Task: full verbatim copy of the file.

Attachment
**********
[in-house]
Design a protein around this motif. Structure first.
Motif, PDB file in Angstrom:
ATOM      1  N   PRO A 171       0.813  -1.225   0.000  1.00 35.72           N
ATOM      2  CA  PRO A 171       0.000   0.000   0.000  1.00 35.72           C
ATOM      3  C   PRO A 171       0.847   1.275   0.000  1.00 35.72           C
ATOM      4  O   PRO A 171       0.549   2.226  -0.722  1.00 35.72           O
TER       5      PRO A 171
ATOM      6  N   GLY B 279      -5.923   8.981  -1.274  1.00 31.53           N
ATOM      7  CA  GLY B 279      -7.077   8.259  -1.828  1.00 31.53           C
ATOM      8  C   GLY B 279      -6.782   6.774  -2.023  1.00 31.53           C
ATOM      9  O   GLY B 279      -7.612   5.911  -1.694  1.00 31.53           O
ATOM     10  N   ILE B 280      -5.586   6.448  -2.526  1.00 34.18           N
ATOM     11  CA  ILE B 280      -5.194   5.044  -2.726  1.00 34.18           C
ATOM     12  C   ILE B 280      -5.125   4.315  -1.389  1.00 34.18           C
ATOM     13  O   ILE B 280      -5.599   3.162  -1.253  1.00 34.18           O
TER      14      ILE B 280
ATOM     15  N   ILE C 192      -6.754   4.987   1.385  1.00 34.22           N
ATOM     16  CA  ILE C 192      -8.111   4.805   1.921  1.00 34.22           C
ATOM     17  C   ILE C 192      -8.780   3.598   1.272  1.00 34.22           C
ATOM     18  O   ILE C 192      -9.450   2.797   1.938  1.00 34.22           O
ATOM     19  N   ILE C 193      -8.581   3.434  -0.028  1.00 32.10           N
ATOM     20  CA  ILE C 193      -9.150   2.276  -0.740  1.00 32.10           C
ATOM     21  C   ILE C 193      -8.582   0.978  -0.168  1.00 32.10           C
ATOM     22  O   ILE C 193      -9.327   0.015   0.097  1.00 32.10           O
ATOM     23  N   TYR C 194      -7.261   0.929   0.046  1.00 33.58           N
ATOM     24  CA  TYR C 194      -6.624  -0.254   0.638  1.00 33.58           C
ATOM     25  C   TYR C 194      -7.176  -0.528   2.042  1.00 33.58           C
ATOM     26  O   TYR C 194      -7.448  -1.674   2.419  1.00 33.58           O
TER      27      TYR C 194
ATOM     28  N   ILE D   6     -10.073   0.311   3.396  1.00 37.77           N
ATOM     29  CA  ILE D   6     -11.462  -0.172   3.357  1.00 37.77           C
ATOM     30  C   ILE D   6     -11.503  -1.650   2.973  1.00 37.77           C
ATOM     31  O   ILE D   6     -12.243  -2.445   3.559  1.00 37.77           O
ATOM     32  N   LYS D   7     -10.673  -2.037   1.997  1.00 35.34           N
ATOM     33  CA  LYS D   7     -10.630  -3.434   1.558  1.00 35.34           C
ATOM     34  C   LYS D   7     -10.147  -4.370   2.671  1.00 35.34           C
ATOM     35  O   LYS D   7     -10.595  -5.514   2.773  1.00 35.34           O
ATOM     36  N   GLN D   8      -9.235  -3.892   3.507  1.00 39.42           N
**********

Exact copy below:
[in-house]
Design a protein around this motif. Structure first.
Motif, PDB file in Angstrom:
ATOM      1  N   PRO A 171       0.813  -1.225   0.000  1.00 35.72           N
ATOM      2  CA  PRO A 171       0.000   0.000   0.000  1.00 35.72           C
ATOM      3  C   PRO A 171       0.847   1.275   0.000  1.00 35.72           C
ATOM      4  O   PRO A 171       0.549   2.226  -0.722  1.00 35.72           O
TER       5      PRO A 171
ATOM      6  N   GLY B 279      -5.923   8.981  -1.274  1.00 31.53           N
ATOM      7  CA  GLY B 279      -7.077   8.259  -1.828  1.00 31.53           C
ATOM      8  C   GLY B 279      -6.782   6.774  -2.023  1.00 31.53           C
ATOM      9  O   GLY B 279      -7.612   5.911  -1.694  1.00 31.53           O
ATOM     10  N   ILE B 280      -5.586   6.448  -2.526  1.00 34.18           N
ATOM     11  CA  ILE B 280      -5.194   5.044  -2.726  1.00 34.18           C
ATOM     12  C   ILE B 280      -5.125   4.315  -1.389  1.00 34.18           C
ATOM     13  O   ILE B 280      -5.599   3.162  -1.253  1.00 34.18           O
TER      14      ILE B 280
ATOM     15  N   ILE C 192      -6.754   4.987   1.385  1.00 34.22           N
ATOM     16  CA  ILE C 192      -8.111   4.805   1.921  1.00 34.22           C
ATOM     17  C   ILE C 192      -8.780   3.598   1.272  1.00 34.22           C
ATOM     18  O   ILE C 192      -9.450   2.797   1.938  1.00 34.22           O
ATOM     19  N   ILE C 193      -8.581   3.434  -0.028  1.00 32.10           N
ATOM     20  CA  ILE C 193      -9.150   2.276  -0.740  1.00 32.10           C
ATOM     21  C   ILE C 193      -8.582   0.978  -0.168  1.00 32.10           C
ATOM     22  O   ILE C 193      -9.327   0.015   0.097  1.00 32.10           O
ATOM     23  N   TYR C 194      -7.261   0.929   0.046  1.00 33.58           N
ATOM     24  CA  TYR C 194      -6.624  -0.254   0.638  1.00 33.58           C
ATOM     25  C   TYR C 194      -7.176  -0.528   2.042  1.00 33.58           C
ATOM     26  O   TYR C 194      -7.448  -1.674   2.419  1.00 33.58           O
TER      27      TYR C 194
ATOM     28  N   ILE D   6     -10.073   0.311   3.396  1.00 37.77           N
ATOM     29  CA  ILE D   6     -11.462  -0.172   3.357  1.00 37.77           C
ATOM     30  C   ILE D   6     -11.503  -1.650   2.973  1.00 37.77           C
ATOM     31  O   ILE D   6     -12.243  -2.445   3.559  1.00 37.77           O
ATOM     32  N   LYS D   7     -10.673  -2.037   1.997  1.00 35.34           N
ATOM     33  CA  LYS D   7     -10.630  -3.434   1.558  1.00 35.34           C
ATOM     34  C   LYS D   7     -10.147  -4.370   2.671  1.00 35.34           C
ATOM     35  O   LYS D   7     -10.595  -5.514   2.773  1.00 35.34           O
ATOM     36  N   GLN D   8      -9.235  -3.892   3.507  1.00 39.42           N